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By Michael Ferraro | February 27, 2009

“Sober” involves a military coder (Ander Del Rio) who wakes up and finds himself strapped to a chair in an unknown location. An intimidating authority figure (Ian Kerch) pops in and out of the metallic room he is in to interrogate him of things he knows nothing of. Regardless of how much innocence he claims, the methods of torture get more and more brutal. Thankfully, most of it isn’t shown, just implied, making the events all the more harsh to imagine. The coder tries to figure things out on his own when female civilian is thrown into the room also and the interrogator becomes more frustrated at the lack of details these two are giving up. When he gets more and more violent with the prisoners, they decide something needs to be done, before the interrogator does some permanent damage.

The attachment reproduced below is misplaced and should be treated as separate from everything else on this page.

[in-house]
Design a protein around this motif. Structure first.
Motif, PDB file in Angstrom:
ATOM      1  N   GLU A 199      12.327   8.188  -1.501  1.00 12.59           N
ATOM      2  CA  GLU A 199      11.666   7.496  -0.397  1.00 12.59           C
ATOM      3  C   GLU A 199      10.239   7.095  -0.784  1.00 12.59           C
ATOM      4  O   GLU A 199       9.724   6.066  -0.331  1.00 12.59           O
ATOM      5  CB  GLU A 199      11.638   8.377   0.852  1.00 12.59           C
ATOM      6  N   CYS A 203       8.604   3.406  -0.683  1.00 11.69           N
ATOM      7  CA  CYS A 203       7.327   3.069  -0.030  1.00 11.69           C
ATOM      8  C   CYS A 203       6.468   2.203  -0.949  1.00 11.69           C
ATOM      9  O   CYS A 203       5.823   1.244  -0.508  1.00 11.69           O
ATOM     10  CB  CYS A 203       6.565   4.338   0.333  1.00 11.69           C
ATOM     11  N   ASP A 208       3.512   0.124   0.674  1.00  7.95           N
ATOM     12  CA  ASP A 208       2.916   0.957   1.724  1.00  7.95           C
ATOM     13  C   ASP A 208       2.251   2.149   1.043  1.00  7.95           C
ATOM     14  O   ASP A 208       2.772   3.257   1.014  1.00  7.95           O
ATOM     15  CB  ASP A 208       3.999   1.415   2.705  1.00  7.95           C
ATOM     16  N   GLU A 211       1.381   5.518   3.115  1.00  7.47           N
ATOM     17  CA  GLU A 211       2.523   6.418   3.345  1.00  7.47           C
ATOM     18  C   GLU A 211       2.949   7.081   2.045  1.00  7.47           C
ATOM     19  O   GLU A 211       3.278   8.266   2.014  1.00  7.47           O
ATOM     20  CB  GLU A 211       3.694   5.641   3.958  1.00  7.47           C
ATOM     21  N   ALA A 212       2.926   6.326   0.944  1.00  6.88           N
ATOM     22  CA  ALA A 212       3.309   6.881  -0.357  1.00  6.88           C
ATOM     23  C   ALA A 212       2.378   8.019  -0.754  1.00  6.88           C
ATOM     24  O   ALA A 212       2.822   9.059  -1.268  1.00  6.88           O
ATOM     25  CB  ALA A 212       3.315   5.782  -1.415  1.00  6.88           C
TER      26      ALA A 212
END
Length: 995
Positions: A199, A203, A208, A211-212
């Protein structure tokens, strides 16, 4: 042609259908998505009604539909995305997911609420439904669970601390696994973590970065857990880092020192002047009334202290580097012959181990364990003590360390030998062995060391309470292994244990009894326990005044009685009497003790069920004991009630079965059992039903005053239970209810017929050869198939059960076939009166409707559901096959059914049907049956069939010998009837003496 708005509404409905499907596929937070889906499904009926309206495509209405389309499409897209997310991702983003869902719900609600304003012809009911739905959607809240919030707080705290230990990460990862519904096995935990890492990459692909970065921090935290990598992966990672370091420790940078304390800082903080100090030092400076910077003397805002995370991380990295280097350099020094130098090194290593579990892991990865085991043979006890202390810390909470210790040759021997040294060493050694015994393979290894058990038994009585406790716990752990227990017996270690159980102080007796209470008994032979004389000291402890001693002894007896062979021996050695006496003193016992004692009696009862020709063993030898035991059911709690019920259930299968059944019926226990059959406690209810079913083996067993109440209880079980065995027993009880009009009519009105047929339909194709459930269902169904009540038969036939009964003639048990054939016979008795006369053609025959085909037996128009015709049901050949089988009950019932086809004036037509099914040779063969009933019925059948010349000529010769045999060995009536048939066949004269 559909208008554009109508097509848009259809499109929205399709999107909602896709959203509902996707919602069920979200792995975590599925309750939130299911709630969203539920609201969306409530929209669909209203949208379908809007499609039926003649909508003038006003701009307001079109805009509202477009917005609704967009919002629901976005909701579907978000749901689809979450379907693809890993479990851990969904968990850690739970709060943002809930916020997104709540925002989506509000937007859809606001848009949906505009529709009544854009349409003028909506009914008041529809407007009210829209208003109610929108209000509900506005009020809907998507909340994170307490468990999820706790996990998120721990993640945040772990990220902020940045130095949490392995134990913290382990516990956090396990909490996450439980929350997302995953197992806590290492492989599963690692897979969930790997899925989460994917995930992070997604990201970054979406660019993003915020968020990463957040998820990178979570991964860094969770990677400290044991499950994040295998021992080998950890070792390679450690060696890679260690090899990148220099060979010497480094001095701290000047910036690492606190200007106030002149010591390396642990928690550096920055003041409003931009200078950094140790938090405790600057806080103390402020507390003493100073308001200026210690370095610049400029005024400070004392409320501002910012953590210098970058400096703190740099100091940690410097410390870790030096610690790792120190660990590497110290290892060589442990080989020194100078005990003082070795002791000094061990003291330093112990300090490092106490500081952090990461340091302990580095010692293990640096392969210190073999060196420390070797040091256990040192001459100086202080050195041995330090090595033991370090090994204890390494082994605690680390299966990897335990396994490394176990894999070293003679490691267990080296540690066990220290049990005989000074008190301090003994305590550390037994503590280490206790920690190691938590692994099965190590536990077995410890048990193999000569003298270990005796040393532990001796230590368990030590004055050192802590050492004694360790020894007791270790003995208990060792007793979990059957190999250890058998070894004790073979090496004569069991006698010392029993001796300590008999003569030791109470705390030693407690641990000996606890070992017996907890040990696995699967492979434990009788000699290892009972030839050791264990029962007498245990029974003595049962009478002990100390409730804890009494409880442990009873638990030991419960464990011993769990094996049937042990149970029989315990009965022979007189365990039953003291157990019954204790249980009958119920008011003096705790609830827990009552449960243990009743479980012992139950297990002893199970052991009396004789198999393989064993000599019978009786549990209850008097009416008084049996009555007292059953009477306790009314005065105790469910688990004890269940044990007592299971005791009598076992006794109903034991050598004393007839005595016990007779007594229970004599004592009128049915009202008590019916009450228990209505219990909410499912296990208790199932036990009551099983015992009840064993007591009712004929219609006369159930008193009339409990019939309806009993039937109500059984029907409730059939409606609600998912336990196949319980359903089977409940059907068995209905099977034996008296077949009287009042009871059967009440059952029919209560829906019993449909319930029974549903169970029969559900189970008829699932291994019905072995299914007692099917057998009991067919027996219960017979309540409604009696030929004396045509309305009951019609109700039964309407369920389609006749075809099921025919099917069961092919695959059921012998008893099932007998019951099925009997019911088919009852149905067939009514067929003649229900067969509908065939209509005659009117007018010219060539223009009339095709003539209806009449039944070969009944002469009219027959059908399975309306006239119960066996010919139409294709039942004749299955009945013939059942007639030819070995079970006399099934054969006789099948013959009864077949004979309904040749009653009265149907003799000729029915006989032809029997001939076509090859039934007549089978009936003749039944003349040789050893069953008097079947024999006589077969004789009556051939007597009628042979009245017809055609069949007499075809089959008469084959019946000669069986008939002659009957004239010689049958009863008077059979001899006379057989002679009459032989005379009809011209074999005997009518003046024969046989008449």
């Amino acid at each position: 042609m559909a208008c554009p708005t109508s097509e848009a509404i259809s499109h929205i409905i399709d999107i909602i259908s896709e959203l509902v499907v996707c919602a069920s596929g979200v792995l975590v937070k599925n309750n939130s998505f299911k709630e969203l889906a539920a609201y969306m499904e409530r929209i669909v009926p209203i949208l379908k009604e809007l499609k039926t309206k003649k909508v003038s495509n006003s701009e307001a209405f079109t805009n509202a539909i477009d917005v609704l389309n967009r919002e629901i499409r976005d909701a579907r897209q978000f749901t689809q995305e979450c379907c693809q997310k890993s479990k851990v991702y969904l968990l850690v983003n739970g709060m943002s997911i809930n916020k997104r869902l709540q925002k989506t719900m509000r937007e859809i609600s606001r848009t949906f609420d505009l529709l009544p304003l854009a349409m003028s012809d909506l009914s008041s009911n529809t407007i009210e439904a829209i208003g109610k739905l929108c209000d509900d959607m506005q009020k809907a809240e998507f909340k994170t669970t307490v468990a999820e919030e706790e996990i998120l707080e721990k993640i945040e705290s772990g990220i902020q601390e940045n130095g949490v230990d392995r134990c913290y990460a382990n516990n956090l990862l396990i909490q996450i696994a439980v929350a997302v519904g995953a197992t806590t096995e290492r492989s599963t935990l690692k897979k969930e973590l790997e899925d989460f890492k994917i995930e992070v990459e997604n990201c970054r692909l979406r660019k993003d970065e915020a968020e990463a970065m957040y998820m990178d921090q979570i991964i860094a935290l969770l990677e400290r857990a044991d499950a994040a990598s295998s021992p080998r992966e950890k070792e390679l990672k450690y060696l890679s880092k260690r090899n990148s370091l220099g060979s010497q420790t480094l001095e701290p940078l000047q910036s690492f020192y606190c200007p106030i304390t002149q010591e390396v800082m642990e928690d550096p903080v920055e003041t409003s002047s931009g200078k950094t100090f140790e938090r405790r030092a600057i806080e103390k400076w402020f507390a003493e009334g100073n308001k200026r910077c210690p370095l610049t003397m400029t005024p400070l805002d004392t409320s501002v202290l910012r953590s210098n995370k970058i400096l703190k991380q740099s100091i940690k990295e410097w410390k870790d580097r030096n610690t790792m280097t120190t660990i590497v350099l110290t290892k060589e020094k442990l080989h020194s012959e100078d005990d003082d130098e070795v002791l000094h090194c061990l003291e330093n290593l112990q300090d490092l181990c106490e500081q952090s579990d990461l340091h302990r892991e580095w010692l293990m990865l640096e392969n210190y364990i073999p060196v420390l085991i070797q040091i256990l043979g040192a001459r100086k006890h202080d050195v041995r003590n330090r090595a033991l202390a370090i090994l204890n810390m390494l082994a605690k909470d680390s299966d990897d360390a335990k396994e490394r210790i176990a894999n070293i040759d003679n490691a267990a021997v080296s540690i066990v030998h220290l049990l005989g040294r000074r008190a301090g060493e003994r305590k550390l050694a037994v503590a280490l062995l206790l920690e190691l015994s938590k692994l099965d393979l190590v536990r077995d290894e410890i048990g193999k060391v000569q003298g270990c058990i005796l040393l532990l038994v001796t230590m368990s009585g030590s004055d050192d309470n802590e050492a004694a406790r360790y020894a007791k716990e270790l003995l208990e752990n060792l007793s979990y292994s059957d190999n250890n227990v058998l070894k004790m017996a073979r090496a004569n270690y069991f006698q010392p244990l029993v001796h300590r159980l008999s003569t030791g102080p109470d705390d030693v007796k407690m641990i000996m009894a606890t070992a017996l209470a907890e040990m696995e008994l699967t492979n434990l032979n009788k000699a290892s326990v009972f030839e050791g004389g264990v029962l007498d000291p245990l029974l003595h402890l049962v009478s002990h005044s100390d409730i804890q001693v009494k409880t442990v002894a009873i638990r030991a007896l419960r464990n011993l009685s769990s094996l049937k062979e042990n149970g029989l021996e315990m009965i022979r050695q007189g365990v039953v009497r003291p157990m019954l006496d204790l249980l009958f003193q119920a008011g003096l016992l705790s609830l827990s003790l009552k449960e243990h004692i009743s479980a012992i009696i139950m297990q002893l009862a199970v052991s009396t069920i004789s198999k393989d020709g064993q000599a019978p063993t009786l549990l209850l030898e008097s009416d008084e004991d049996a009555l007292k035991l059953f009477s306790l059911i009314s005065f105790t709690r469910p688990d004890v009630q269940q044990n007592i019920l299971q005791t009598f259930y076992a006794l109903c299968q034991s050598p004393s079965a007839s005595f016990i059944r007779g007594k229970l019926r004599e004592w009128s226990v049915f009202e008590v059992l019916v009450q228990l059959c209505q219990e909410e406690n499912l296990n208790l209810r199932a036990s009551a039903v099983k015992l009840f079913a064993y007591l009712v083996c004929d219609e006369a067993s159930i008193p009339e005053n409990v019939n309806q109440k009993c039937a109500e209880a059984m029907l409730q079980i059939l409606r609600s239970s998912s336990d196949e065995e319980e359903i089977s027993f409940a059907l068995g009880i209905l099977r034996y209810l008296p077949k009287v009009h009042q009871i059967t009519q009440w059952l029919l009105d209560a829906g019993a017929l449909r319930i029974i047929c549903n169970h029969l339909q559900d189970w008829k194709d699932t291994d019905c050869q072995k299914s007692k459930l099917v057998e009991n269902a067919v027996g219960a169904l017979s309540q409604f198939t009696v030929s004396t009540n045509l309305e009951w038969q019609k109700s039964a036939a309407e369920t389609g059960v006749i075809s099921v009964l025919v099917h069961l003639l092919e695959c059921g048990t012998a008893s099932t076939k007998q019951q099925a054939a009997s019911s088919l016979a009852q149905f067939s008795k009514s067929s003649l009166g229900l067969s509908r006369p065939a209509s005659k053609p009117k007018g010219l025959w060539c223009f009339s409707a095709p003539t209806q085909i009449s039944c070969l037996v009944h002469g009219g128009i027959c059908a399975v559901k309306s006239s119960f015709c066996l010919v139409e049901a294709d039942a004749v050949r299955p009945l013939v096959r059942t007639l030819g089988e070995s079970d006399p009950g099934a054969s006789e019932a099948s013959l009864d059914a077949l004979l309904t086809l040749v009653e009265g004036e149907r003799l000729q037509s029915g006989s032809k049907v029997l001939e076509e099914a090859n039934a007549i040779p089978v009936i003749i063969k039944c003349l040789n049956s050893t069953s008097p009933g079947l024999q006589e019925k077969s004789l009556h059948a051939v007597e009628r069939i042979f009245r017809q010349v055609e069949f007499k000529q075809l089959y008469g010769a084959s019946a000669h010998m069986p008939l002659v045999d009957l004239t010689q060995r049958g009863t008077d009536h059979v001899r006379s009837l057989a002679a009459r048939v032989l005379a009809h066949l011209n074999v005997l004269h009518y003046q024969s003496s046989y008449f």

Writer/director Frank Bologna doesn’t drown the action with too many pointless details either. The film doesn’t concern itself with dates or a setting but is easily relatable anyway. In a time when the news often shares stories of torturous military methods, one could even think this sort of event could happen today. The film takes place in a single location (a factory-esque room) and never gets stale to look at. “Sober” is a tightly shot, intensely acted, and well-directed little thriller that grabs your attention and never lets go.

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